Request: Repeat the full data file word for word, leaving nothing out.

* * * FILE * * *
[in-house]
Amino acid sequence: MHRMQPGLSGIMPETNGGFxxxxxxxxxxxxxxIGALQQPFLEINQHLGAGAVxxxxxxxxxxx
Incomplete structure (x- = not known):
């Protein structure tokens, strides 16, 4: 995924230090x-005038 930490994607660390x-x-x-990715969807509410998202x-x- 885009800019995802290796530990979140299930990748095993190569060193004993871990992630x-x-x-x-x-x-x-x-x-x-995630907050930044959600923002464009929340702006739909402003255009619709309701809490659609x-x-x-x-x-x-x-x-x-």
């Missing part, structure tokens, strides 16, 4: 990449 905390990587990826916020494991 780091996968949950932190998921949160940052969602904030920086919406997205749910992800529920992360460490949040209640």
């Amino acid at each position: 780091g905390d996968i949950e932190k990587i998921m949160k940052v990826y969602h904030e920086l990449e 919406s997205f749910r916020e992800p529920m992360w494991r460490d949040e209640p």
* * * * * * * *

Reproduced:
[in-house]
Amino acid sequence: MHRMQPGLSGIMPETNGGFxxxxxxxxxxxxxxIGALQQPFLEINQHLGAGAVxxxxxxxxxxx
Incomplete structure (x- = not known):
């Protein structure tokens, strides 16, 4: 995924230090x-005038 930490994607660390x-x-x-990715969807509410998202x-x- 885009800019995802290796530990979140299930990748095993190569060193004993871990992630x-x-x-x-x-x-x-x-x-x-995630907050930044959600923002464009929340702006739909402003255009619709309701809490659609x-x-x-x-x-x-x-x-x-």
């Missing part, structure tokens, strides 16, 4: 990449 905390990587990826916020494991 780091996968949950932190998921949160940052969602904030920086919406997205749910992800529920992360460490949040209640």
């Amino acid at each position: 780091g905390d996968i949950e932190k990587i998921m949160k940052v990826y969602h904030e920086l990449e 919406s997205f749910r916020e992800p529920m992360w494991r460490d949040e209640p």